The Stretch operation re-distributes values of an input map over a wider or narrower range of values in an output map. Stretching can for instance be used to enhance the contrast in your map when it is displayed. Two stretch methods are available: linear stretching and histogram equalization.
Example linear stretching:
In any satellite image, the possible pixel values are in the range of 0 to 255. In practice however, not all these values will occur in your images. Suppose you have a certain image in which the values range from 55 to 103. When this map is stretched linearly to output range 0 to 255: the minimum input value 55 is brought to output value 0, and maximum input value 103 is brought to output value 255, and all other values in between change accordingly (using the same formula). As 0 is by default displayed in black, and 255 in white, the contrast will be better when the image is displayed.
Example histogram equalization:
When an image is stretched with histogram equalization, also the number of pixels with a certain value is taken into account. Input values are re-distributed over a user-defined number of output intervals; in principle, all output intervals contain an equal number of pixels. When a certain image with values between 55 and 103 is stretched with histogram equalization to 256 output intervals; the minimum input value 55 is brought to output value 0, and maximum input value 103 is brought to output value 255; the other input values are divided over these 256 output intervals in such a way that each interval contains an equal number of pixels as far as possible. In general, it can be said that the part of an image's histogram with the largest amount of pixels is relatively stretched more than the parts with few pixels.
For more information on both stretch methods, see Stretch : algorithm.
The stretch operation produces a new output map with stretched values.
Temporary linear stretching can be performed during the display of a value map: you can specify 'stretch from' range in the Display Options dialog box.
Input map requirements and type of output map:
An input map for the Stretch operation must be a value map.
The result of the Stretch operation is always another value map.
The operation can also be applied on all raster maps in a map list.
'Stretch from' and 'stretch to' range:
During Stretch, the user has to specify an input value range to stretch from, and an output value range to stretch to. The 'stretch from' range can be specified as two values, which act as the lower and upper boundaries of input values that you want to stretch.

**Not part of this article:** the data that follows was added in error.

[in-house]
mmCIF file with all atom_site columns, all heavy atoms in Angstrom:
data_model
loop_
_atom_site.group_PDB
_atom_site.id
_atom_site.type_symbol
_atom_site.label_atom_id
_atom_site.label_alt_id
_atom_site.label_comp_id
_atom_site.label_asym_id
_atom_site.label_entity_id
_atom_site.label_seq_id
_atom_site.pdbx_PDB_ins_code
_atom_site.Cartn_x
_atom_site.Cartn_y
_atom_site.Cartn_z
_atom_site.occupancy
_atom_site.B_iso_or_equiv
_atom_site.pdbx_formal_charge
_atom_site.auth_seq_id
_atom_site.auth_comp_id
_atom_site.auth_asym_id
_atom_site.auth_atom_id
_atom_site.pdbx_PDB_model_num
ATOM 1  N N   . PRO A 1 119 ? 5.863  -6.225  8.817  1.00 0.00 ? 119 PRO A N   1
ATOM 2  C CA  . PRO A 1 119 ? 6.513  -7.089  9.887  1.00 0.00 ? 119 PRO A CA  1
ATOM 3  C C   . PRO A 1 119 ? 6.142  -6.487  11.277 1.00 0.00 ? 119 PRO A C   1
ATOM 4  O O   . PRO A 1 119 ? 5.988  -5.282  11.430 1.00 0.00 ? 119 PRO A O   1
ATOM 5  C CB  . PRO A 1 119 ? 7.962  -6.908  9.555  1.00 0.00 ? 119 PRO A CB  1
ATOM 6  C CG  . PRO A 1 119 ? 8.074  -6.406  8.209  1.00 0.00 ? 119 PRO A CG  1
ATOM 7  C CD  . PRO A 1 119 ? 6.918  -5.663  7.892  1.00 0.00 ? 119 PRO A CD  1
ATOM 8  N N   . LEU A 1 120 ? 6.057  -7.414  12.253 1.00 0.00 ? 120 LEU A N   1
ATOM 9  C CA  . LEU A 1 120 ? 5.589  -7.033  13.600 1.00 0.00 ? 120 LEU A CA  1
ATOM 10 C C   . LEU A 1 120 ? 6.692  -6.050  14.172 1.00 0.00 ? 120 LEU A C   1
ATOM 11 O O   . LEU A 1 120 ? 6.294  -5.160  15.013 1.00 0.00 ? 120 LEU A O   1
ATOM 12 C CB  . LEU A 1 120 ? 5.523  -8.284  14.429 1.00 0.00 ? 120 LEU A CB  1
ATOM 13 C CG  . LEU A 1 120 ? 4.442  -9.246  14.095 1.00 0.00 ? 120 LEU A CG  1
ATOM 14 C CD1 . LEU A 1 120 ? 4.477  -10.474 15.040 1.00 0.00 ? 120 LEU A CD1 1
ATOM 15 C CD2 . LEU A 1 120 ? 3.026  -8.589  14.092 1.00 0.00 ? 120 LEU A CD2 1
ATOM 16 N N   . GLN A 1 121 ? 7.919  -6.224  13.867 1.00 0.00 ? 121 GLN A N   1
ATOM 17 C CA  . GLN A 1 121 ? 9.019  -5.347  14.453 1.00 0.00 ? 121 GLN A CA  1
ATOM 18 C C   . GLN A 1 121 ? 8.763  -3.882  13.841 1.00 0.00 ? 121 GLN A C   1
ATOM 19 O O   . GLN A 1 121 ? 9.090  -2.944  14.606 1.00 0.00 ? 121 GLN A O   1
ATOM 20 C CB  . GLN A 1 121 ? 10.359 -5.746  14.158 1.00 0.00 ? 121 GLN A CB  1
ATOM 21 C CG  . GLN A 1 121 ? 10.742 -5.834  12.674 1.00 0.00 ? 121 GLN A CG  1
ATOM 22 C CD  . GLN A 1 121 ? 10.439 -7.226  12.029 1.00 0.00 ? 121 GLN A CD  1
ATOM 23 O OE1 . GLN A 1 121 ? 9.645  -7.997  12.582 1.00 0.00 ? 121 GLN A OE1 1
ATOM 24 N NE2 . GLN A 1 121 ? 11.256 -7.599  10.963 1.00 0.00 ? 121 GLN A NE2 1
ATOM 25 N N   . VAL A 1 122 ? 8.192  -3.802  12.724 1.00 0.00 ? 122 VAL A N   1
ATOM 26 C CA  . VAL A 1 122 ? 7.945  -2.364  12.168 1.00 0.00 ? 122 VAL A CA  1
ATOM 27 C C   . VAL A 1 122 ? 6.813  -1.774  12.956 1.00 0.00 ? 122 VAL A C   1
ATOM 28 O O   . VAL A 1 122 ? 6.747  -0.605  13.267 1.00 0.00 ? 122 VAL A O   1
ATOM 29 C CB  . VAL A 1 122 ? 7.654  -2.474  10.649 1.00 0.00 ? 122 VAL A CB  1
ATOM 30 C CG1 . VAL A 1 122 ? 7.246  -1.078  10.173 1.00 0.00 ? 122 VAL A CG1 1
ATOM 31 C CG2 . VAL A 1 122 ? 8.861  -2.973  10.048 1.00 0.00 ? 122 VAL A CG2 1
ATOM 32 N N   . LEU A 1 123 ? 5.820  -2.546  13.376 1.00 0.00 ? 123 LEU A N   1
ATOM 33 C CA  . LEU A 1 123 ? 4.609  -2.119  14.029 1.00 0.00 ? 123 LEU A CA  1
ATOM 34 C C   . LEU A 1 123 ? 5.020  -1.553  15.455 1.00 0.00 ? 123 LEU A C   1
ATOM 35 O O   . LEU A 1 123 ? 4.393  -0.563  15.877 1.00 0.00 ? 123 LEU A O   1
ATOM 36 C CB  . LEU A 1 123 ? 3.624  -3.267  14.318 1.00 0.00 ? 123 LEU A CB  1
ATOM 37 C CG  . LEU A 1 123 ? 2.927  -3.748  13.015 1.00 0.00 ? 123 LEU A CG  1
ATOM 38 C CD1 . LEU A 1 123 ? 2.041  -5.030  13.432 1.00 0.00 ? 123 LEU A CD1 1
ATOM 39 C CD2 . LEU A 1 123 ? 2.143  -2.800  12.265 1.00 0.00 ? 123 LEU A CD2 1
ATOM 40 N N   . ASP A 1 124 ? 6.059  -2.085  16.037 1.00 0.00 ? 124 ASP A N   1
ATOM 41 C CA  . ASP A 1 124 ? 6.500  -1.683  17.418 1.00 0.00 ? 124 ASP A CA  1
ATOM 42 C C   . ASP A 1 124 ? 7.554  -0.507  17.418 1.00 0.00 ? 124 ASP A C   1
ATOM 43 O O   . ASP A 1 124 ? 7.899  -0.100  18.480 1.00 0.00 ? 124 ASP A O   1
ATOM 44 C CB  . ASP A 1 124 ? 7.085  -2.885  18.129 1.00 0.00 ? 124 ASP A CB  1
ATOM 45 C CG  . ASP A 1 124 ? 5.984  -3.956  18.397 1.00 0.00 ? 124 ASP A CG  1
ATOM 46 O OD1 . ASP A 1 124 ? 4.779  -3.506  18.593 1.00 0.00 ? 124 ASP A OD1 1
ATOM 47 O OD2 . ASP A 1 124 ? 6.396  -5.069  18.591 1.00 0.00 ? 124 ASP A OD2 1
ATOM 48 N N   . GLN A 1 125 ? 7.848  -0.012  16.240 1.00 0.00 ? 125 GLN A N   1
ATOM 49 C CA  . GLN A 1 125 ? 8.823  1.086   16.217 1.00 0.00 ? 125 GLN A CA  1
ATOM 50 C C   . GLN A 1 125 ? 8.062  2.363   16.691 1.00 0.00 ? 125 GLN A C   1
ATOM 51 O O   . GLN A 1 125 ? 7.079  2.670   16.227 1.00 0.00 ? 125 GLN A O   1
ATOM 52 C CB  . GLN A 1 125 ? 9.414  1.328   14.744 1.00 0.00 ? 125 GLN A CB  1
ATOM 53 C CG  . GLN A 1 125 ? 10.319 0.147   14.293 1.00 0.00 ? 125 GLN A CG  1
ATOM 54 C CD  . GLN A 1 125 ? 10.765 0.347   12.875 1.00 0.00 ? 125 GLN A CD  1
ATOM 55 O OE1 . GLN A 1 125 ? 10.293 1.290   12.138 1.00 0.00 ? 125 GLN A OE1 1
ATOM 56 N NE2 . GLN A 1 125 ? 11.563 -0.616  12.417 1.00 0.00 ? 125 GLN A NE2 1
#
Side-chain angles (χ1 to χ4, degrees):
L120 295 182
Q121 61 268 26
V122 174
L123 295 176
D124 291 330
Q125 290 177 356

The 'stretch from' range can also be specified as a percentage (e.g. 1%). This percentage stands for the cumulative amount of pixels on each side of the map's histogram that should not be taken into account during stretch. In fact, the 1% range of values on the lower side of a map's histogram is brought to the lower 'stretch to' value and the 1% range of values on the upper side of a map's histogram is brought to the upper 'stretch to' value. Ignoring for instance 1% of the smallest values in the map and 1% of the largest values in a map during stretching can improve the overall stretch results as the ends of a map's histogram usually contain few sparse values.
For linear stretching, the 'stretch to' range is specified by the domain of the output map. When choosing the Image domain, the output stretch range is from 0 to 255. When choosing another value domain, you need to specify the minimum and maximum values to stretch to (value range) and a precision (resolution of output values).
For histogram equalization, the 'stretch to' range is the number of specified intervals; when 256 intervals are specified, the output values will range from 0 to 255. When another number of output intervals is specified, the first interval will obtain output value 1, the second value 2, etc.
Domain and georeference of output map:
By default, the output map will use system domain Image, but you can also choose another value domain, e.g. system domain Value.
The output map always uses the same georeference as the input map.
When the operation is performed on an input map list, you will obtain an output map list. When the output map list is opened, the output raster maps will be (defined and) calculated.
In this example, a TM band is shown with its original histogram (Fig. 1), then the result a linear stretch (Fig. 2) of this image, and finally the result after performing histogram equalization (Fig. 3) on this image. In both cases, stretching was performed on all values in the input map (0%); for linear stretching these values were stretched to the image domain (range 0-255, precision 1), and for histogram equalization the input values were stretched into 256 output intervals.
Fig. 1: Original histogram of TMB4:
The values in the original image range from 0 to 103.
Fig. 2: Result after linear stretching:
After linear stretching, the values of the image range from 0 - 255. There are still a lot of pixels with values in the middle of the image range (histogram has a bell shape).
Fig. 3: Result after histogram equalization:
After histogram equalization, the values of the image range from 0-255. The peak of values which occurred in the centre of the original histogram as well as in the result after linear stretching is smoothed out.